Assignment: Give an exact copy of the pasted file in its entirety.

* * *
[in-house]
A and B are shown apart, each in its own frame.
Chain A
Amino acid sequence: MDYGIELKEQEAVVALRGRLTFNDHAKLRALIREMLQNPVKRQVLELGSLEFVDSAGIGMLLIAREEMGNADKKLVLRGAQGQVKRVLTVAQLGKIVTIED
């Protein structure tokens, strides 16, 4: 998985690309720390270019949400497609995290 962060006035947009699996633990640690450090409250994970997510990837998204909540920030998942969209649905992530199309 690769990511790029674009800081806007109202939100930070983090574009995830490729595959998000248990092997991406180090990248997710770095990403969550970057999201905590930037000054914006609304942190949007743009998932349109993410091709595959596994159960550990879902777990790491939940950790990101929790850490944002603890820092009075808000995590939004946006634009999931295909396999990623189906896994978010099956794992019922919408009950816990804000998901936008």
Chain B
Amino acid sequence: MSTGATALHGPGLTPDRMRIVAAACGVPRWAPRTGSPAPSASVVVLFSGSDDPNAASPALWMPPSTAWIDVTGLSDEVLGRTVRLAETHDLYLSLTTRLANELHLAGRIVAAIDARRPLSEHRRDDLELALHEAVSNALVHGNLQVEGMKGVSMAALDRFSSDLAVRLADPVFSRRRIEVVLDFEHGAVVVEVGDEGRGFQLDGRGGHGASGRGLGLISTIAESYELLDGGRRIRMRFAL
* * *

[in-house]
A and B are shown apart, each in its own frame.
Chain A
Amino acid sequence: MDYGIELKEQEAVVALRGRLTFNDHAKLRALIREMLQNPVKRQVLELGSLEFVDSAGIGMLLIAREEMGNADKKLVLRGAQGQVKRVLTVAQLGKIVTIED
């Protein structure tokens, strides 16, 4: 998985690309720390270019949400497609995290 962060006035947009699996633990640690450090409250994970997510990837998204909540920030998942969209649905992530199309 690769990511790029674009800081806007109202939100930070983090574009995830490729595959998000248990092997991406180090990248997710770095990403969550970057999201905590930037000054914006609304942190949007743009998932349109993410091709595959596994159960550990879902777990790491939940950790990101929790850490944002603890820092009075808000995590939004946006634009999931295909396999990623189906896994978010099956794992019922919408009950816990804000998901936008």
Chain B
Amino acid sequence: MSTGATALHGPGLTPDRMRIVAAACGVPRWAPRTGSPAPSASVVVLFSGSDDPNAASPALWMPPSTAWIDVTGLSDEVLGRTVRLAETHDLYLSLTTRLANELHLAGRIVAAIDARRPLSEHRRDDLELALHEAVSNALVHGNLQVEGMKGVSMAALDRFSSDLAVRLADPVFSRRRIEVVLDFEHGAVVVEVGDEGRGFQLDGRGGHGASGRGLGLISTIAESYELLDGGRRIRMRFAL